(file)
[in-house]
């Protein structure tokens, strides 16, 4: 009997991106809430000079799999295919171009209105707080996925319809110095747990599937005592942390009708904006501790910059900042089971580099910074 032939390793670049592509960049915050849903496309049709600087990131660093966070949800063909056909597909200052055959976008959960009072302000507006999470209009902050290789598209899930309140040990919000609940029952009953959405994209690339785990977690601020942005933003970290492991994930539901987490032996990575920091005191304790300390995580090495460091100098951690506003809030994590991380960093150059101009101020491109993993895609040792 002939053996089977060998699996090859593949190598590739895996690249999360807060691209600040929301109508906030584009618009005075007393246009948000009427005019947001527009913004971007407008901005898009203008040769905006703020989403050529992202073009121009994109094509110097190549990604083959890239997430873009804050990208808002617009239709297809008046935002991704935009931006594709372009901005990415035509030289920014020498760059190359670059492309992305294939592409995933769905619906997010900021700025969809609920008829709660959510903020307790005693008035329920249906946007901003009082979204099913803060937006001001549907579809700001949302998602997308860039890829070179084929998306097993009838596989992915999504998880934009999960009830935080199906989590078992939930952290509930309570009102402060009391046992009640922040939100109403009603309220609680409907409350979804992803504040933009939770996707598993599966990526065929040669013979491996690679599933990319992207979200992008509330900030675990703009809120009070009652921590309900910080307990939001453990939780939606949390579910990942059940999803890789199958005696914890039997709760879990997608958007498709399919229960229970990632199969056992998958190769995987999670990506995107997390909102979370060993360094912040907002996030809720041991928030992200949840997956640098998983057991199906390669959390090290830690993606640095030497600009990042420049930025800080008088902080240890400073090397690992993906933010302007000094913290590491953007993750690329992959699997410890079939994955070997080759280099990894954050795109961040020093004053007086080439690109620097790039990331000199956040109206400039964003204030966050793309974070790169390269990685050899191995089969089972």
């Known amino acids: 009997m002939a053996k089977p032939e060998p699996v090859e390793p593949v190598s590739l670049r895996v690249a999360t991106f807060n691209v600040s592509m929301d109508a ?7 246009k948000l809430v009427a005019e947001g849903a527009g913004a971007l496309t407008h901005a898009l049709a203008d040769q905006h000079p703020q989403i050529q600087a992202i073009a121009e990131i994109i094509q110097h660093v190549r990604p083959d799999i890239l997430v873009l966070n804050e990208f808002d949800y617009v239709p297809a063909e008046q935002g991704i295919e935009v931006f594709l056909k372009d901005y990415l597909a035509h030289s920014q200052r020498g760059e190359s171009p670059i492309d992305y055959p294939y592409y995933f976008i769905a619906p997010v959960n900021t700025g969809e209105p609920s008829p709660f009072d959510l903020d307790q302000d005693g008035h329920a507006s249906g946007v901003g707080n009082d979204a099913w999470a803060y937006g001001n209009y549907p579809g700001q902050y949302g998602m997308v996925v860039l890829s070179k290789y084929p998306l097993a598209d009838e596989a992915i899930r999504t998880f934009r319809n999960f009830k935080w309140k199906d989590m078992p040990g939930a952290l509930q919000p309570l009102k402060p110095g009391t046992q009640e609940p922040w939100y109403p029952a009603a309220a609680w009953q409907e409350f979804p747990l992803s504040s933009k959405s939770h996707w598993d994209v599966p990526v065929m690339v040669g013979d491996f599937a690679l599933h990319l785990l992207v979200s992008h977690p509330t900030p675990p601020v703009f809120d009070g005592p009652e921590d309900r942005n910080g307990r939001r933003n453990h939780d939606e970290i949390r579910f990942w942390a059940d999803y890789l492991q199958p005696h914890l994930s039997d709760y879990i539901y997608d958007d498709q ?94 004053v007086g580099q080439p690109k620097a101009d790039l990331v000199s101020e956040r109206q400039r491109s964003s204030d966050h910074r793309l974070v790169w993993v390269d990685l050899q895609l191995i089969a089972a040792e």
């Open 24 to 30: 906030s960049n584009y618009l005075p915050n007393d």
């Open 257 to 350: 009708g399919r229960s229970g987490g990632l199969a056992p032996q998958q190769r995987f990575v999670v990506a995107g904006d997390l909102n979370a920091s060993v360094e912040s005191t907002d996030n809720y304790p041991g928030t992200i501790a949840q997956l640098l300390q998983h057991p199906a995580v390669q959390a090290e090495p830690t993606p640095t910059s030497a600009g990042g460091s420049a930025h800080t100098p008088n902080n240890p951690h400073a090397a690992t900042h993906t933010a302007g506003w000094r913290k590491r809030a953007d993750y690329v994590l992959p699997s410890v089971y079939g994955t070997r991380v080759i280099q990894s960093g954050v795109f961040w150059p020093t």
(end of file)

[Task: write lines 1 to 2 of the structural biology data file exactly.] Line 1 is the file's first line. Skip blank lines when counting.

[in-house]
């Protein structure tokens, strides 16, 4: 009997991106809430000079799999295919171009209105707080996925319809110095747990599937005592942390009708904006501790910059900042089971580099910074 032939390793670049592509960049915050849903496309049709600087990131660093966070949800063909056909597909200052055959976008959960009072302000507006999470209009902050290789598209899930309140040990919000609940029952009953959405994209690339785990977690601020942005933003970290492991994930539901987490032996990575920091005191304790300390995580090495460091100098951690506003809030994590991380960093150059101009101020491109993993895609040792 002939053996089977060998699996090859593949190598590739895996690249999360807060691209600040929301109508906030584009618009005075007393246009948000009427005019947001527009913004971007407008901005898009203008040769905006703020989403050529992202073009121009994109094509110097190549990604083959890239997430873009804050990208808002617009239709297809008046935002991704935009931006594709372009901005990415035509030289920014020498760059190359670059492309992305294939592409995933769905619906997010900021700025969809609920008829709660959510903020307790005693008035329920249906946007901003009082979204099913803060937006001001549907579809700001949302998602997308860039890829070179084929998306097993009838596989992915999504998880934009999960009830935080199906989590078992939930952290509930309570009102402060009391046992009640922040939100109403009603309220609680409907409350979804992803504040933009939770996707598993599966990526065929040669013979491996690679599933990319992207979200992008509330900030675990703009809120009070009652921590309900910080307990939001453990939780939606949390579910990942059940999803890789199958005696914890039997709760879990997608958007498709399919229960229970990632199969056992998958190769995987999670990506995107997390909102979370060993360094912040907002996030809720041991928030992200949840997956640098998983057991199906390669959390090290830690993606640095030497600009990042420049930025800080008088902080240890400073090397690992993906933010302007000094913290590491953007993750690329992959699997410890079939994955070997080759280099990894954050795109961040020093004053007086080439690109620097790039990331000199956040109206400039964003204030966050793309974070790169390269990685050899191995089969089972």